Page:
43. 43. Where in the Cities?
  44. 44. ‘Whose’ lands do what slums occupy? 44 2008-09 2002 Tenable Non-Tenable Tenable Non-Tenable Notified Non Notified Notified Non Notified Notified Non Notified Notified Non Notified Private 43% 51% 29% 31% 41% 40% 25% 27% Public (local) 44% 31% 50% 39% 40% 37% 51% 40% Public (non-local) 0% 0% 7% 12% 1% 4% 8% 19% Others 13% 18% 13% 18% 17% 19% 16% 14% Total 100% 100% 100% 100% 100% 100% 100% 100% Data Source: NSS 65th Round Characteristics of Slums 2008-09 and NSS 58h Round Characteristics of Slums 2002
  45. 45. Location: Dharavi 45 • The location of Dharavi is integral to the intensity of efforts to ‘redevelop’ the area. BKC
  46. 46. Non-Tenability ≠ Non-Notification 46 8% 16% 9% 8% 13% 14% 14% 18% 0% 5% 10% 15% 20% Non Tenable Tenable Non Tenable Tenable Non Tenable Tenable Non Tenable Tenable Notified Non Notified Notified Non Notified Million Non million ShareofSlumsinIndia Data Source: NSS 65th Round Characteristics of Slums 2008-09
  47. 47. Non-Tenability ≠ Lack of Services 47 0% 10% 20% 30% 40% 50% 60% 70% Public None Public None Public None Public None Non Tenable Tenable Non Tenable Tenable Million Non million Latrines 2002 2009 0% 4% 8% 12% 16% 20% Non Tenable Tenable Non Tenable Tenable Million Non Million Street Lights 2002 2009 0% 20% 40% 60% 80% Non Tenable Tenable Non Tenable Tenable Million Non Million Covered Drainage 2002 2009 0% 20% 40% 60% 80% 100% Non Tenable Tenable Non Tenable Tenable Million Non Million Garbage Collection by ULBs 2002 2009 Data Source: NSS 65th Round Characteristics of Slums 2008-09 and NSS 58h Round Characteristics of Slums 2002 47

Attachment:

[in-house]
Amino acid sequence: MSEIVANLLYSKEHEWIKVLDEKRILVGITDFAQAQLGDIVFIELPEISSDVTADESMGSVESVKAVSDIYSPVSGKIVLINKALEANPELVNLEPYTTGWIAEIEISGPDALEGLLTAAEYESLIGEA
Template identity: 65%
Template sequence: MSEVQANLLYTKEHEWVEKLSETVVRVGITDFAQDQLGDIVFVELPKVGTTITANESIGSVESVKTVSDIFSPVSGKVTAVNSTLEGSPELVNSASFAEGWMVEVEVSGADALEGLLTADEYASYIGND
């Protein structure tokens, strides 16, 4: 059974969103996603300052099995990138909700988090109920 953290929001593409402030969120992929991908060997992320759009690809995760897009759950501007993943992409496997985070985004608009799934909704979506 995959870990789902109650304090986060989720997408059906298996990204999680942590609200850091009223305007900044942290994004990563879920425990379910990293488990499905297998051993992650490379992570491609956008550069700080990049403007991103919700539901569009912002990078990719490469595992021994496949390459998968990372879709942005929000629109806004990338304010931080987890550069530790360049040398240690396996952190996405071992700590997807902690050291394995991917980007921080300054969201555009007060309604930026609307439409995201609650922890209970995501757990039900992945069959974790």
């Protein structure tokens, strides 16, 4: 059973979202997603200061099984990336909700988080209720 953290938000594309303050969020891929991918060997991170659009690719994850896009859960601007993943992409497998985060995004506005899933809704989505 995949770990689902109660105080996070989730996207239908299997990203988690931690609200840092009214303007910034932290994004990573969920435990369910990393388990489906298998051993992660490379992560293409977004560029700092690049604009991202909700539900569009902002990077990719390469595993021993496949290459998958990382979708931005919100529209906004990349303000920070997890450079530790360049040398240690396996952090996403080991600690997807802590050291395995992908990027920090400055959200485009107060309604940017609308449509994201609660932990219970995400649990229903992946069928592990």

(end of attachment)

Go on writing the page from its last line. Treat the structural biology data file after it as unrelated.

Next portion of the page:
48. 48. & Non-Notification ≠ Lack of Services 48 0% 4% 8% 12% 16% 20% Notified Non Notified Notified Non Notified Million Non Million Street Light 2002 2009 0% 10% 20% 30% 40% 50% 60% 70% 80% Public None Public None Public None Public None Notified Non Notified Notified Non Notified Million Non million Latrines 2002 2009 0% 20% 40% 60% 80% Notified Non Notified Notified Non Notified Million Non Million Covered Drainage 2002 2009 0% 20% 40% 60% 80% 100% Notified Non Notified Notified Non Notified Million Non Million Garbage Collection by ULBs 2002 2009 Data Source: NSS 65th Round Characteristics of Slums 2008-09 and NSS 58h Round Characteristics of Slums 2002